CAMP LEATHERNECK, Afghanistan --
As Operation Tofan Sharq (Eastern Storm) continues in the upper Sangin Valley of Helmand province, Afghanistan, Marines and sailors with 7th Engineer Support Battalion, 2nd Marine Logistics Group (Forward), conducted multiple route repairs throughout early November.
Operation Eastern Strom began in October as the Marines of 1st Battalion, 6th Marine Regiment routed the Taliban from Sangin to Kajaki – the last enemy stronghold in Helmand province – in an effort to secure Route 611.
The engineers moved slowly and methodically along the route between Patrol Base Alcatraz and the Kajaki Dam. The area was previously impassable in some areas due to erosion and improvised explosive device damage. Not only did 7th ESB help to improve and repair the road, but they also helped to build multiple observation posts along the route.
Along the way, there were several observation posts to be built, command outpost and a forward operating base that were all going to be constructed, said Chief Warrant Officer 3 Brandon Smith, the officer in charge of Heavy Weapons Platoon, Security Company, 7th ESB.
“1st Battalion, 6th Marine Regiment now mans all those positions and holds the route from PB Alcatraz to the dam so we could come in and build and repair the route,” Smith continued. “Now, commercial trucks can start transporting the proper materials and assets up to the dam for the turbine work they have to do there to start producing more electricity in the area.”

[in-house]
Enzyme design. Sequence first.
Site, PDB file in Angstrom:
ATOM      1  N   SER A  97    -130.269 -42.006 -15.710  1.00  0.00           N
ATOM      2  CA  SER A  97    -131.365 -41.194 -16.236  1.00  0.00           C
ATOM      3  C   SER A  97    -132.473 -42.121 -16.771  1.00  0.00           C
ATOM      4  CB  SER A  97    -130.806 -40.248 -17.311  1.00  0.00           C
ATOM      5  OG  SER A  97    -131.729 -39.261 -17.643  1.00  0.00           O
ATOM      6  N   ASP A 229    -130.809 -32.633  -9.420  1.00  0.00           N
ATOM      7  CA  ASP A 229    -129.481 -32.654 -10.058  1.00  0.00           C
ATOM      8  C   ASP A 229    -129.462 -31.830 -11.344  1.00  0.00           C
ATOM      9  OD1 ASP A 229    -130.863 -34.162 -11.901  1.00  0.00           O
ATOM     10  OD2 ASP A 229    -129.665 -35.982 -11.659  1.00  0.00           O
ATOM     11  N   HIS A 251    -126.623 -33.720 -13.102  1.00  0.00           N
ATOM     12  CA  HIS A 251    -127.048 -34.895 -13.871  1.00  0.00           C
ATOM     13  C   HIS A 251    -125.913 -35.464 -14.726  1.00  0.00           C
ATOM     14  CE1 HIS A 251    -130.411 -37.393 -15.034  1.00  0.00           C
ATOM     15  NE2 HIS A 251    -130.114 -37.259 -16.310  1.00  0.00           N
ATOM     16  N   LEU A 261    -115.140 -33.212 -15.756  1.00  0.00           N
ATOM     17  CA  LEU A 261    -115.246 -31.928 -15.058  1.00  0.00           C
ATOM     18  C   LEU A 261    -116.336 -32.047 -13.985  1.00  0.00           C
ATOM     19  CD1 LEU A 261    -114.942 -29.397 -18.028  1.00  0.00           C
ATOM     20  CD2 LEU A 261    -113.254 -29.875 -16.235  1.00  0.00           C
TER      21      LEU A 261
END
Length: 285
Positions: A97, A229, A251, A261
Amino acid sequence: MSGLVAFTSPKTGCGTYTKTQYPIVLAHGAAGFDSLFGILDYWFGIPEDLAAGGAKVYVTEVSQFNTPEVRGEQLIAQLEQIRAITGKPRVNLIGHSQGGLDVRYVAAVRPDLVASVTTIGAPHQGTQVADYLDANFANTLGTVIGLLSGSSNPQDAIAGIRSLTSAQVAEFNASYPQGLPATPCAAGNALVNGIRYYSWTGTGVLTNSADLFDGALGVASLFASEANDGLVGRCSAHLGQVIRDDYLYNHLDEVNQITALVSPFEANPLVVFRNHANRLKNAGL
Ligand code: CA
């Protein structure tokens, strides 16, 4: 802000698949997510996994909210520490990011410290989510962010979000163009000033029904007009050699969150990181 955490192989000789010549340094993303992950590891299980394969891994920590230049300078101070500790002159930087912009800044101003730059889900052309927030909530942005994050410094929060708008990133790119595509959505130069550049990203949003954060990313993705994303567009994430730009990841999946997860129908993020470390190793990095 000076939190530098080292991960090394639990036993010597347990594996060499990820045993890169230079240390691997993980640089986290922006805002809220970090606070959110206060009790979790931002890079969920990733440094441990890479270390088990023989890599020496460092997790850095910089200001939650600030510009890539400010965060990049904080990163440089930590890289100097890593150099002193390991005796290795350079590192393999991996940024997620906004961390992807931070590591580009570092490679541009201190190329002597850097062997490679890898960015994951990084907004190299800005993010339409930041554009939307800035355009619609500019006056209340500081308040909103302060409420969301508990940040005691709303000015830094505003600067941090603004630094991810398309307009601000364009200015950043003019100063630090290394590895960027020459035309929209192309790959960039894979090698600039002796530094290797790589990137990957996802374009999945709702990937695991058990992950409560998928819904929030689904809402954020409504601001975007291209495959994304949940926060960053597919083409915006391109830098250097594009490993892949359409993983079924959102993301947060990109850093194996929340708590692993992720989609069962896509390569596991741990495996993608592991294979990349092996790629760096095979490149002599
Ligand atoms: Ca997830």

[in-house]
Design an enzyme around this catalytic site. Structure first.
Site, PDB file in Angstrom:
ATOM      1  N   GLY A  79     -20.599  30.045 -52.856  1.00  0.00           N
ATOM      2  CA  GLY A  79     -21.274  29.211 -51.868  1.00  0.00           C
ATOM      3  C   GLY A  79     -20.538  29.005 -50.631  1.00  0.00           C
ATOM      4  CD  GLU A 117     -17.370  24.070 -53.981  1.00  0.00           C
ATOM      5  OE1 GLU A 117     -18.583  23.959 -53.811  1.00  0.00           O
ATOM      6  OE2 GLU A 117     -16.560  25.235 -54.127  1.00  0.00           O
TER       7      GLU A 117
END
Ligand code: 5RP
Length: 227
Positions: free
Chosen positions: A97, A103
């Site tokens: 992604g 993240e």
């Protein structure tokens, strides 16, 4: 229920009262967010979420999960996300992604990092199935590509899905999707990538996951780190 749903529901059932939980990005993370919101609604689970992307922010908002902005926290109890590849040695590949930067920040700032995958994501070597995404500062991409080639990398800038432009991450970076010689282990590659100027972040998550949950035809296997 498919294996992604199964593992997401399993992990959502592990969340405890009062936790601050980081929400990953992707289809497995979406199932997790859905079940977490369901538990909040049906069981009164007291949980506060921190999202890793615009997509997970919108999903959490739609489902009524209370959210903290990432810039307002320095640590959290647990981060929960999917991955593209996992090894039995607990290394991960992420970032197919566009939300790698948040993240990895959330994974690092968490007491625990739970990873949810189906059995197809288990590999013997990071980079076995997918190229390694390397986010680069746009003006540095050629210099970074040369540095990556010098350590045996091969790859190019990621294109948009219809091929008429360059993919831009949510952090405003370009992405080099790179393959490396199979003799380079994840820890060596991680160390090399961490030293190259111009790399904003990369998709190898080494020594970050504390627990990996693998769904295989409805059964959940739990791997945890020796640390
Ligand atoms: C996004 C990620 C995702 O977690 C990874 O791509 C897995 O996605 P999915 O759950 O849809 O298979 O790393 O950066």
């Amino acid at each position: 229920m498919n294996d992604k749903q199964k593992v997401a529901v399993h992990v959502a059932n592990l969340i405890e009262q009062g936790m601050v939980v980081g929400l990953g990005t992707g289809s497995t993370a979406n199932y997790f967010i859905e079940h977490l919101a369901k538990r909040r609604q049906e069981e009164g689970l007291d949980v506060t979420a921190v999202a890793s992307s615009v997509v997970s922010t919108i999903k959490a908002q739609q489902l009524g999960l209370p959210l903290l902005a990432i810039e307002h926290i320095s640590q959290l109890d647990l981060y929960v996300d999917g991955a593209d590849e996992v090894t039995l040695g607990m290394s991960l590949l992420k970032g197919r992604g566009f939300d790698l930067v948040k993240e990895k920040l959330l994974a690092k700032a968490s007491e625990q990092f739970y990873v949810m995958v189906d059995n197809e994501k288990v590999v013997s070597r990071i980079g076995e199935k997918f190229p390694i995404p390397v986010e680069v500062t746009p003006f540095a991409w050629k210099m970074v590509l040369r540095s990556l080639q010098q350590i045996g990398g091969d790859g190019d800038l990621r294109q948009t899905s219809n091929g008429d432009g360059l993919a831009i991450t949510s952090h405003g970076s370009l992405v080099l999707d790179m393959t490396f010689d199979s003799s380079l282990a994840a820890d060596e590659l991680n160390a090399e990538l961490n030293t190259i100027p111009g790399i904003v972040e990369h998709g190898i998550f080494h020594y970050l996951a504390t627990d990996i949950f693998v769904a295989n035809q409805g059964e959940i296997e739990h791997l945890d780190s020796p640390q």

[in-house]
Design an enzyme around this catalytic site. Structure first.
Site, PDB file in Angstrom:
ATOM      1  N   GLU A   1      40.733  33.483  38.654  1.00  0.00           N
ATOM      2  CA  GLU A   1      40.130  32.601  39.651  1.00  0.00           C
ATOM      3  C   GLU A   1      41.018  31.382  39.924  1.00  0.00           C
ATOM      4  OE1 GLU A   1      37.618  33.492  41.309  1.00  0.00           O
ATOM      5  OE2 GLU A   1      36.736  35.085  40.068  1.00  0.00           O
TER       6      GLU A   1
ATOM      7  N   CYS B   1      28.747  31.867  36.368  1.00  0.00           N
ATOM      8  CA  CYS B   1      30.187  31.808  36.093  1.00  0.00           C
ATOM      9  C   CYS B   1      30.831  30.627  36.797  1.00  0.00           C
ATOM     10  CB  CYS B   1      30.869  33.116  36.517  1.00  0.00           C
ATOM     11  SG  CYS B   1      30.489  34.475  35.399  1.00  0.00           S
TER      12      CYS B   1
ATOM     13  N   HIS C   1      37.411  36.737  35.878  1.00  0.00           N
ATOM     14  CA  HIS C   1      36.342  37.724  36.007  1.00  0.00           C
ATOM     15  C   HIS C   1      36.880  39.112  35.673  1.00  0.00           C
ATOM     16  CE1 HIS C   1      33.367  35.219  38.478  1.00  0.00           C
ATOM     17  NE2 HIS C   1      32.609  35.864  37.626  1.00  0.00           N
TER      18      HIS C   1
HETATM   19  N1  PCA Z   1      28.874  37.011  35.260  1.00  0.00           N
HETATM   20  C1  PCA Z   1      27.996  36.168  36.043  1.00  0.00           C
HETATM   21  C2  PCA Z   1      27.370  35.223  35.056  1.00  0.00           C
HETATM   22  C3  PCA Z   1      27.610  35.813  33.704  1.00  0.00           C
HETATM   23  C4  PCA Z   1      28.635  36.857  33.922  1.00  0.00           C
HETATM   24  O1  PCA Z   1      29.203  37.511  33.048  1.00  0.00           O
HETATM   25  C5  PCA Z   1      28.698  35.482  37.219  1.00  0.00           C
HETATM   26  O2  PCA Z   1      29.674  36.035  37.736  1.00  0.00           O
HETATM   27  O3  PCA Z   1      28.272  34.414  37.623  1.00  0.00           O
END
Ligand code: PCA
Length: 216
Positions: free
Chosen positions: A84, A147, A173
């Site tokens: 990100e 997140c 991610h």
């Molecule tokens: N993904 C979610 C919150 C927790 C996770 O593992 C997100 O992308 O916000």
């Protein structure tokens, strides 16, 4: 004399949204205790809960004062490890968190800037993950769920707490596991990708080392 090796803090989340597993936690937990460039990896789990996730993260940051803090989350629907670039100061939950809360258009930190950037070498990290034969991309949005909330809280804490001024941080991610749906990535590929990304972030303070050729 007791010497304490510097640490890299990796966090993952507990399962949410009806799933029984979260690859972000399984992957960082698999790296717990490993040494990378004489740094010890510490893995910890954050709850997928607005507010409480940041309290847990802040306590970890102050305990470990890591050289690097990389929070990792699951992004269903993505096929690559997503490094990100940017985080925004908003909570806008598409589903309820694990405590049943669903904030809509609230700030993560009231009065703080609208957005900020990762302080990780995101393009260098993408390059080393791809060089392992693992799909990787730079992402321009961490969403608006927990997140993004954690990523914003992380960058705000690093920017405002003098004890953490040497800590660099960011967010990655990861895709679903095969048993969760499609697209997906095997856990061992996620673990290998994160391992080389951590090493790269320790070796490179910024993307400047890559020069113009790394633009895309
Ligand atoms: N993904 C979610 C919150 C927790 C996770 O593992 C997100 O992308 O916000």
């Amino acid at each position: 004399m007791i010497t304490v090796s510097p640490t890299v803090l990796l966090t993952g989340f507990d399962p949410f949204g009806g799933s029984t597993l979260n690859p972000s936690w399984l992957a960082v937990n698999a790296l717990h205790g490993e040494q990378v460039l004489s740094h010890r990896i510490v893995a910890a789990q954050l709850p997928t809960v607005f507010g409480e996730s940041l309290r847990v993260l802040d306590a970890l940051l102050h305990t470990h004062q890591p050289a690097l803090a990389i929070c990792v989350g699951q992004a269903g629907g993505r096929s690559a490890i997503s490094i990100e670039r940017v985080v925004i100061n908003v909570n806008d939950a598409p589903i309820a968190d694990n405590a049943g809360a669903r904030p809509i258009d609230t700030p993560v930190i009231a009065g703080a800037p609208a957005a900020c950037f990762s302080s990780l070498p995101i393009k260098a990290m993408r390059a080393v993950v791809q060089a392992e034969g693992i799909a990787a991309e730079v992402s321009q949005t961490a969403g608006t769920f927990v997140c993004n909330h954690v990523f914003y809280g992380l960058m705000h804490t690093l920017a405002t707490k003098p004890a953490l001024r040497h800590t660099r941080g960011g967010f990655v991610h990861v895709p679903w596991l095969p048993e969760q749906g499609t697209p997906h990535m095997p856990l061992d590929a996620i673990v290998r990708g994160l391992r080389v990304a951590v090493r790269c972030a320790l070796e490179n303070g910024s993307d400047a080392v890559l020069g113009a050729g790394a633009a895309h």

According to the United States Agency for International Development, this turbine will be the third in an ongoing project to bring more reliable power and irrigation to both Helmand and Kandahar provinces.
The additional turbine is key to growth in the area and will allow the dam to provide enough electricity to some of the farther-reaching villages of Helmand province, said Staff Sgt. Davison Slivers, the 7th ESB motor transport platoon staff noncommissioned officer in charge, as he explained how important the route improvement project is.
The work the Marines are performing in preparation for the upgrade in the region’s infrastructure has also improved relationships with the local Afghans, as evidenced by their positive reaction to the Marines and convoy operations.
“Every day we go out on the road, we see little kids, people waving. We are actually making a difference for the people here, even on a small level. We have made routes to places locals couldn’t even get to before with vehicles. It has improved a lot,” concluded Slivers.